“It’s About Who’s Offered a Seat at the Table” — Read Jane Fonda’s Full Speech From the 2021 Golden Globes

Jane Fonda

At the 78th Golden Globe Awards, which took place virtually thanks to the COVID-19 pandemic, legendary actress Jane Fonda accepted the coveted Cecil B. DeMille Award. 

The recognition, which in recent years has been granted to Meryl Streep, Oprah Winfrey, Tom Hanks and Jeff Bridges, is bestowed upon a member of the entertainment industry by the Hollywood Foreign Press Association for “outstanding contributions to the world of entertainment”.

83-year-old Fonda, who has had a long and successful career, used her time on stage as she accepted the honour to address the need for change within the industry.

During her moving speech, Fonda mentioned the films that had inspired her in the past 12 months including Best Picture winner Nomadland, along with Ma Rainey’s Black Bottom and Minari.

The two-time Oscar winner also spoke passionately about the importance of storytelling and, furthermore, the importance of allowing diverse voices to share their experiences. 

Read the full transcript of Jane Fonda’s rousing speech at the 78th Golden Globe Awards, below. 

“Thank you to all the members of the Hollywood Foreign Press Association. I’m so moved to receive this honour. Thank you.

“You know, we are a community of storytellers, aren’t we? And in turbulent, crisis-torn times like these, storytelling has always been essential. You see, stories have a way that — they can change our hearts and our minds; they can help us see each other in a new light, have empathy to recognise that for all our diversity, we are humans, first, right? I’ve seen a lot of diversity in my long life and at times, I’ve been challenged to understand some of the people I’ve met. But inevitably, if my heart is open and I look beneath the surface I feel kinship.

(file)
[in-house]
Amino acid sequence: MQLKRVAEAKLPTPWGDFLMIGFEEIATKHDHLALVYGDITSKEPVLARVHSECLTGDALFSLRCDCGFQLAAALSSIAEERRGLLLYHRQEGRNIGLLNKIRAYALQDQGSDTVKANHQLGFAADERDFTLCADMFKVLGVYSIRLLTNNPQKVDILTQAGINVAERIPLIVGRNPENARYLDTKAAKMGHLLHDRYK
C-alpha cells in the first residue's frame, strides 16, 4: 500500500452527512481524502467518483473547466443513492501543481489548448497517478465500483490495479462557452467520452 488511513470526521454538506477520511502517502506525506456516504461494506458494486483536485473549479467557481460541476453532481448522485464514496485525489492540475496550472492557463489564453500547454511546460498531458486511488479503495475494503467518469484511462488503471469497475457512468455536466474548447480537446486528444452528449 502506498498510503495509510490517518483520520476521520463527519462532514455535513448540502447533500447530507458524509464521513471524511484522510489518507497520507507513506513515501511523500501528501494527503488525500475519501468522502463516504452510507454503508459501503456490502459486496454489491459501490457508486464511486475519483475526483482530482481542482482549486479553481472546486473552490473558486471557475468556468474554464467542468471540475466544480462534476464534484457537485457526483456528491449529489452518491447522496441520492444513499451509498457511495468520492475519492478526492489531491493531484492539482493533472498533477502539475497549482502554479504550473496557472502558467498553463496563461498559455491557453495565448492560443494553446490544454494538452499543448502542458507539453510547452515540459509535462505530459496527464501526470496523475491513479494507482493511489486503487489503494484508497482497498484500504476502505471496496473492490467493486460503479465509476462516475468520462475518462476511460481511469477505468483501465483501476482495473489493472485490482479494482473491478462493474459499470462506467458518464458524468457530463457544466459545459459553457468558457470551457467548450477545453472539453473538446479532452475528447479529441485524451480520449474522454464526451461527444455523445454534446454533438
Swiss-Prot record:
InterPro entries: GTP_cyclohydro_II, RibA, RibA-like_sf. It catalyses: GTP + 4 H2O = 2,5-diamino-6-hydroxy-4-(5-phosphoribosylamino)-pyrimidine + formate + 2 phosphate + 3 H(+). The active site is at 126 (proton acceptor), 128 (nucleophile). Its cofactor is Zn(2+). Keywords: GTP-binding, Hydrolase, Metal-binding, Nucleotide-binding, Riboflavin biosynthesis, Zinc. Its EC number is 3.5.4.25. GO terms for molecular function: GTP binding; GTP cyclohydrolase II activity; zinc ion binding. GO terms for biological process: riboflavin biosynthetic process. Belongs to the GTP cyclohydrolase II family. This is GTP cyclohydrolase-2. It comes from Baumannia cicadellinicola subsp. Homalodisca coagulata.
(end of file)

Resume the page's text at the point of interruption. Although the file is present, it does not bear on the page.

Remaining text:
“That’s why all of the great conduits of perception — Buddha, Muhammad, Jesus, Lao-Tzu, all of them spoke to us in stories and poetry and metaphor. Because the nonlinear, non-cerebral forms that are art, speak on a different frequency. They generate a new energy that can jolt us open and penetrate our defences so that we can see and hear what we may have been afraid of seeing and hearing

“Just this year, Nomadland helped me feel love for the wanderers among us and Minari opened my eyes to the experience of immigrants dealing with the realities of life in a new land, and Judas and the Black Messiah, Small Axe, United States vs Billie Holiday, Ma Rainey and One Night in Miami and others have deepened my empathy for what being Black has meant. Ramy helped me feel what it means to be Muslim American.

I May Destroy You has taught me to consider sexual violence in a whole new way. The documentary All In reminds us how fragile our democracy is and inspires us to fight to preserve it and A Life on Our Planet shows us how fragile our small blue planet is and inspires us to save it, and ourselves.

“Stories. They really can change people.

“But there’s a story we’ve been afraid to see and hear about ourselves in this industry. The story about which voices we respect and elevate and which we tune out. It’s about who’s offered a seat at the table and who was kept out of the rooms where decisions are made. So that’s all of us, including all the groups who decide who gets hired and what gets made and who wins awards. Let’s all of us make an effort to expand that tent so that everyone rises and everyone’s story has a chance to be seen and heard.

“I mean, doing this simply means acknowledging what’s true, being in step with the emerging diversity that’s happening because of all those who marched and fought in the past and those who picked up the baton today. After all, art has always been not just in step with history but has led the way. So let’s be leaders. OK? Thank you. Thank you so much.”

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